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10 Japanese Business Phrases: Everyday Workplace Japanese Phrases

10 JAPANESE BUSINESS PHRASES IMPORTANT TO KNOW Good Morning! We start with a very basic Japanese phrase but one that is essential to everyday work. Everyone in the workplace will generally show up at the same time. Because it's very easy to verify that a train line was running late, there is really no excuse to show up late to work. "Ohayou Gozaimasu!" You will be saying this to every person you meet in the morning. Make sure to greet your boss and clients! So every morning, get ready to hear a wave of おはようございます ! おはようございます ! THANK YOU "Arigatou Gozaimasu!" This is another basic phrase that you might already know, but is important for everyday workplace manners. You will say this after someone has done something for you, rather than before. You can say this all the time. As a foreigner, a lot of people will try to help you out (hopefully) and you should thank them for thing. # 2 Another variation is to use the past-tense version of this phrase - ありがとう ござい まし た (arigatou gozaimashita). every little ありがとう ござい ます 。 The phrase 5lic (Onegaishimasu) by itself signifies a polite request. This is a general response when someone says よろしく お願い し ます to you . "Yoroshiku Onegaishimasu" II #3 In the everyday workplace, you might not hear the more formal version of 宜しく お願い 致し ます ( yoroshiku onegaiitashimasu), but in dealing with clients, this phrase will be the norm. This ubiquitous word is going to be used quite often but it's going to common to say this when you make requests as a thank you in advance. Definitely know this phrase! よろしく お願い し ます "Osewa ni Narimasu" 5H (Osewa) is a polite term for help or assistance . But お世話になります (Osewa ni Narimasu) is an expression of gratitude. #4 This is not really an everyday phrase but it's a really nice phrase to say to your clients, coworkers, or even doctor. When you are thanking your boss for taking care of you, please say this line. You can use it in the past-tense: お世話 に あり まじ た (osewa ni narimashita). お世話になります 。 Good Work! If there's just one more phrase you NEED to know, it's this one. But don't worry, your first day on the job you will hear this phrase over and over. "Otsukare sama Desu!" |There are many meanings for this word such as "good work today" or "we did our best today" but the meaning is sort of lost because this phrase is said so often. You will typically say this to everyone at the end of the day. You will also say it when you see people during the day. #5 Again, this phrase can be uşed in the past - tense - お疲れ様 でし た (otsukare-sama deshita). お疲れ様 です ! This is your go-to word in the workplace in place of "goodbye". You might never have to use this term yourself, but I've heard it a few times and it's a good one to know. It basically means the same thing as the last term except generally used from a superior to a subordinate. #5b. If you have someone working under you, you have the option of using this term. Using this term incorrectly may offend someone, so it's good to know about it. ご苦労 様 です (Gokurosama Desu) Let's Depend on Each Other! This phrase means "Let's do our best." You might be familiar with the everyday phrase TRn (Ganbare) which is a nice word of encouragement and translates roughly to mean "good luck." 'Ganbarimashou! #6 If you're going to take on a new project or even if you're just going to start training, let's try to use this phrase. A common everyday phrase I hear is 今日も一日 頑張り ましょ う ! (Kyou Mo Ichinichi Ganbarimashou!) which means "Today, let's also do our best!" 頑張り ましょ う ! Work is hard, we need all the encouragement we can get. "Tayori ni shimasu" U means reliance or dependence so this phrase best translates to "I'Il be counting on you." It's a nice phrase when someone is going to help you. Rather than saying, please do your best (the previous phrase), you can use this to indirectly state the same matter. #7 If your coworker is going to help you with a big project, you can say this formal phrase. 頼り に し ます 。 Pay Attention! "Gochuii Kudasai" This phrase means to take caution or take notice (can be written in just kana alone). I hear this phrase when I cross the street, when there's an alert on the train, or when some announcement is made. If you're going to write an email informing your supplier of a change in rules, this is a common phrase to start the email. Simply put, this phrase is very common. You might recognize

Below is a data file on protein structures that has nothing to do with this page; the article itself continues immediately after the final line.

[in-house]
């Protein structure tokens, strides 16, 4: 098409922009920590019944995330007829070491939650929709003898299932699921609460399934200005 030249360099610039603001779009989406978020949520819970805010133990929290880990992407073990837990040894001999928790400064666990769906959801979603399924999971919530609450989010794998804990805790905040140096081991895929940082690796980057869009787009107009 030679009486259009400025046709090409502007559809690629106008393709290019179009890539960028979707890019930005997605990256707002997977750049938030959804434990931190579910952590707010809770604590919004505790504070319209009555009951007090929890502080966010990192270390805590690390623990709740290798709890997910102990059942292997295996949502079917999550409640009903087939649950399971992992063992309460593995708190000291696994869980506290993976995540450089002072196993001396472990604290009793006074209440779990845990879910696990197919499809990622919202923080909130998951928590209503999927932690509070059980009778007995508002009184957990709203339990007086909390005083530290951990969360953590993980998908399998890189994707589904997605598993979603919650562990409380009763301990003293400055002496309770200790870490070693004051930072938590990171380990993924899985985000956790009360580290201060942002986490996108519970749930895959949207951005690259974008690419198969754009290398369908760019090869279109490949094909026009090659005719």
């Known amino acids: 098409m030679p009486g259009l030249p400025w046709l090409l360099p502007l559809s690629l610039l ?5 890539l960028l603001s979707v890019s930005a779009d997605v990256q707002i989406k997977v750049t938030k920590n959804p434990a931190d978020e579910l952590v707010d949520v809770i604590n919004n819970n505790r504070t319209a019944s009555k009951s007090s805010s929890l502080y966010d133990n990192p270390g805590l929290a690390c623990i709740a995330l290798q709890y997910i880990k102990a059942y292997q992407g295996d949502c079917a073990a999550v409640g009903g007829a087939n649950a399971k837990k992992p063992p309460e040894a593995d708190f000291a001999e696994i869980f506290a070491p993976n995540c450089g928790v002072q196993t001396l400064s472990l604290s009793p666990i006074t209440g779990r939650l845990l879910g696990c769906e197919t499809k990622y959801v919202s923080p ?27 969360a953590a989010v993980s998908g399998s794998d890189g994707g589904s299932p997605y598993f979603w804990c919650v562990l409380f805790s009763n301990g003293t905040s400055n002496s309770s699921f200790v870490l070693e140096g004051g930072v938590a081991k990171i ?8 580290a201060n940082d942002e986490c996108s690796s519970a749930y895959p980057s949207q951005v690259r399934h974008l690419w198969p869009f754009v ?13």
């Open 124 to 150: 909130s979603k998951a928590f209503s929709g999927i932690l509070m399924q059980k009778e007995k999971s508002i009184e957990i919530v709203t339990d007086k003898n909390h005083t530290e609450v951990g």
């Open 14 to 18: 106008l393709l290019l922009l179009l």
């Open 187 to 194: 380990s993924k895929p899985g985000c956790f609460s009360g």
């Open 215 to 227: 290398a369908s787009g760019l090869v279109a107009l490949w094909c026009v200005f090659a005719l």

10 Japanese Business Phrases: Everyday Workplace Japanese Phrases

shared by kwatran on Jul 19
I've been working in Japan for the last two years, having a chance to work with multiple companies and get insight on different types of organizations. There's one thing that's certain when working an...


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